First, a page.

Transform Data Using Replace

Transform data in a column using a simple pattern match or a regular (regex) expression. For example, in a State column, you might change CA to California.

You can use any Perl Compatible Regular Expression (PCRE), which are also referred to as regex expressions. Transforms are applied to every applicable row in a data set.
  1. In your project (on the Prepare pane) or data set editor, select the text column that you want to transform.
  2. Click Options, and then click Replace.
  3. In the Replace step editor, specify how you'd like to match values.
    • Click Use regular expression to match using a complex regular expression (regex).
    • Click Match entire values only to change "male" to "M" but not "female" to "feM".
  4. In the String to replace field and New string field, specify the literal text or regular expressions to search and replace (case-sensitive).
    Examples:
    • To change "2553 Bolman Court" to "2553 #Bolman# #Court#", select Use regular expression, enter ([A-Za-z]+) in the String to replace field, and enter #$1# in the New String field.
    • To change "male" with "M", select Match entire values only, enter male in the String to replace field, and enter M in the New String field. . This changes "male" to "M" but won't change "female" to "feM".

    When you complete both fields, you'll see a preview of the transformed data in the preview pane. Adjust the replace options until you get the transformation you want in the preview pane.
  5. Click Add Step to save the details and add the transform step to the Preparation Script pane.
    You apply the transformation when you click Apply Script.

Example Replace Transforms Using Regular Expressions

Here're just a few examples of using regular (regex) expressions to transform data.

In these examples, the Search Expression column shows what you'd enter in the String to replace field, and the Replace Value shows what you'd enter in the New string field.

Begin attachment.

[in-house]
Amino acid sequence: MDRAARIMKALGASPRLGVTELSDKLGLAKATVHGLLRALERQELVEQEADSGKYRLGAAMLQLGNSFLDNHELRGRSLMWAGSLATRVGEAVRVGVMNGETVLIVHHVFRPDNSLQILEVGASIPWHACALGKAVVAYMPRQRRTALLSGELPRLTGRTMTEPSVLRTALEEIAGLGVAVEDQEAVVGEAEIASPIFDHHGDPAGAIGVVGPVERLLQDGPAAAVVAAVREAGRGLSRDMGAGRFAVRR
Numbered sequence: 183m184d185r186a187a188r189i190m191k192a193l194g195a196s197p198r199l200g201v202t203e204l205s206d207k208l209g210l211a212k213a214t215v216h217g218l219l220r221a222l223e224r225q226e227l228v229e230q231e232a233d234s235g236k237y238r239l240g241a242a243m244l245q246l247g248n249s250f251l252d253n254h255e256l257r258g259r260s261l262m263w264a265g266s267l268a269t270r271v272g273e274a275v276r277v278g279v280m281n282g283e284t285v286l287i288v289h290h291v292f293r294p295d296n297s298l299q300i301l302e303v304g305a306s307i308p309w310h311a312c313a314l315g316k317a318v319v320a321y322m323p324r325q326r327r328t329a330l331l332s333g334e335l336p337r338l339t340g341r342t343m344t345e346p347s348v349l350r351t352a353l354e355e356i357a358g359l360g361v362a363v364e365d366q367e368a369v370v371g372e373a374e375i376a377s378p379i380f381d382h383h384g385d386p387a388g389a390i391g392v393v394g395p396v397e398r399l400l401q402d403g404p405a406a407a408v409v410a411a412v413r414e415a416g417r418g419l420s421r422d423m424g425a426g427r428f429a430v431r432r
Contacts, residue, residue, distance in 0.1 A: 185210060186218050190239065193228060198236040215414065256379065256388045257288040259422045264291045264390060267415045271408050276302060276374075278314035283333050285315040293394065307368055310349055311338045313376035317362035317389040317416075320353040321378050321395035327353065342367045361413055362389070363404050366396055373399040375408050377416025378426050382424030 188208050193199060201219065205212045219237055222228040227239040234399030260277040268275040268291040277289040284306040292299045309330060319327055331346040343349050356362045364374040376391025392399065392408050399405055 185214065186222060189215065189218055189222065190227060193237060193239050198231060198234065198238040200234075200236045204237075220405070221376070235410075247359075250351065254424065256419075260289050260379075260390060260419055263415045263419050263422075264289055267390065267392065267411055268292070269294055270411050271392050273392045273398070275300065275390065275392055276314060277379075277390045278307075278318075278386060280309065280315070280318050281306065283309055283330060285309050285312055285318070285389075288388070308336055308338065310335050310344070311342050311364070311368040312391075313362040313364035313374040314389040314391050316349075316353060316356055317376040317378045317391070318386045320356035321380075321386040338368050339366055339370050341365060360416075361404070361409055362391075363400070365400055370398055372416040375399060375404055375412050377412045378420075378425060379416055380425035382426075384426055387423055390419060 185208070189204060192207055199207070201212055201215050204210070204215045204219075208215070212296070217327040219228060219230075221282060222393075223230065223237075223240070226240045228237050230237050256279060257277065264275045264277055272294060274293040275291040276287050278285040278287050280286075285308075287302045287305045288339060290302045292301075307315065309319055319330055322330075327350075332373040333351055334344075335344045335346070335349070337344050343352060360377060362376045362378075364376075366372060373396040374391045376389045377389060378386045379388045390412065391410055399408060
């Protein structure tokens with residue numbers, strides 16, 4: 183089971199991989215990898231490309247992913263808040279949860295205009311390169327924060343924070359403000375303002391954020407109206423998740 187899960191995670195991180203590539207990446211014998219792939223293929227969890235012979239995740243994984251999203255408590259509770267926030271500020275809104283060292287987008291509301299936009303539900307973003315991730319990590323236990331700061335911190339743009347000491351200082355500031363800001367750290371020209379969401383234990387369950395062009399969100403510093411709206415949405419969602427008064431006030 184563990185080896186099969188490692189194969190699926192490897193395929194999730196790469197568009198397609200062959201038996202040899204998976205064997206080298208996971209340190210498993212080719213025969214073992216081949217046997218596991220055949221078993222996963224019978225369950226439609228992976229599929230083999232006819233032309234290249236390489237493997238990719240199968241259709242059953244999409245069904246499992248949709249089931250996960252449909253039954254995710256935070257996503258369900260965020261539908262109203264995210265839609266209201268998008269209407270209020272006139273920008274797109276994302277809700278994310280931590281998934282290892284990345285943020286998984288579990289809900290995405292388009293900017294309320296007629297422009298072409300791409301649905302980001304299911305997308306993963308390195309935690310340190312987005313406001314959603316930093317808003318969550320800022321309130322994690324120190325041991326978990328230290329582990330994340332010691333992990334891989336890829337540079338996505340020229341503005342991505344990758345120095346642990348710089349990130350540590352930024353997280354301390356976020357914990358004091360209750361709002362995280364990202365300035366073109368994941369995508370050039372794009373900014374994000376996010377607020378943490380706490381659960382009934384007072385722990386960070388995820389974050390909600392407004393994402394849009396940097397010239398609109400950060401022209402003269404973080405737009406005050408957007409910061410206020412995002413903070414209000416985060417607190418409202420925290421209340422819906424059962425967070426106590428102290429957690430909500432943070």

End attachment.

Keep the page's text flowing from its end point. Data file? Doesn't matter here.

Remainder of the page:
Table 4-1 Example replace transforms

Search Expression Replace Value Original Text Replaced Text Notes
@([a-z]+)(?=\.[a-z]{3}) @example MichelePFalk@yahoo.com MichelePFalk@example.com This example replaces domain details in email addresses.
^Gray|Grey$ Silver

Grey

Gray

Graystone

Silver

Silver

Graystone

The ^$ characters mean only look for entire string matches. The vertical bar is the regular expression for OR, so in this case the regular expression looks for either "Gray" or "Grey" and replace with "Silver".

The string Graystone isn't transformed because the regular expression is looking for entire value matches only.

\d+ 9999

8398 Park Street

123 Oracle Parkway

9999 Park Street

9999 Oracle Parkway

This regular expression looks for one" \d" or more "+" digits and replaces them with "9999". The replace also works when the original text has only three digits.
([A-z]+)(\d+) $2

UA101654

US829383

101654

829383

This regular expression is looking for one "[A-z]" or more "+" consecutive letters followed by one" \d" or more "+" digits - each of the two expressions is bounded by parentheses, which captures two groups - the first one ([A-z]) and the second one (\d+) - these groups are numbered automatically and can then be used in the replacement by using the dollar sign for the second group, for example, "$2".
([A-z]+)(\d+) Postal Code: $2

UA101654

US829383

Postal Code: 101654

Postal Code: 829383

This example uses the same match expression as the previous example, except that it shows how to insert your own replacement text in addition to a group. Text can be inserted before and after a recalled match group.